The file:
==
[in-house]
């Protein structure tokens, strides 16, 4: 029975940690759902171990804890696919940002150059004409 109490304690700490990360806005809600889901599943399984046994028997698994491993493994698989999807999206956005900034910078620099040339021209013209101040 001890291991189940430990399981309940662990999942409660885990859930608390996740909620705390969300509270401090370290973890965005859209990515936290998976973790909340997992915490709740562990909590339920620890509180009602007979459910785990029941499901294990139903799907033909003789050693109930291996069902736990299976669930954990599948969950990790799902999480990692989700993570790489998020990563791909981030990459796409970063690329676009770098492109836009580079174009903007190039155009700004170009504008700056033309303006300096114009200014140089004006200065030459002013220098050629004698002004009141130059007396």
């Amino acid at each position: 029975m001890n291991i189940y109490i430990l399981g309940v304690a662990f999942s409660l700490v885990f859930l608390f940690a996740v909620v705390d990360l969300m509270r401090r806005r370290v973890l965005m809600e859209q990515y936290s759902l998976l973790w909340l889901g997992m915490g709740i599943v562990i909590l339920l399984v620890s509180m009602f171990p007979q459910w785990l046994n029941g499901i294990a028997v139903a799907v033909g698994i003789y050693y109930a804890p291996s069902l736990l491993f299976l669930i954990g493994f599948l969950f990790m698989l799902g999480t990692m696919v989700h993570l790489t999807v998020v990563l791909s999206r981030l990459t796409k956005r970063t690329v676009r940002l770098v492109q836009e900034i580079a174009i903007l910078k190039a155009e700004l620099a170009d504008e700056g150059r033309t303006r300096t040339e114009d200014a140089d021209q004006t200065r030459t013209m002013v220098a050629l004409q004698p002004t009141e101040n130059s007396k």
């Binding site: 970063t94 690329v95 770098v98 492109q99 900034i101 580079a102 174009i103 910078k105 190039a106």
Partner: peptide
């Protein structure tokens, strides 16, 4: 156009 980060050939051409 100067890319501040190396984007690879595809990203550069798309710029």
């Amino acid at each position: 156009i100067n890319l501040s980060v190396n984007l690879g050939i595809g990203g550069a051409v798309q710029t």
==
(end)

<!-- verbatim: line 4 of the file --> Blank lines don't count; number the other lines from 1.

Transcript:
């Binding site: 970063t94 690329v95 770098v98 492109q99 900034i101 580079a102 174009i103 910078k105 190039a106």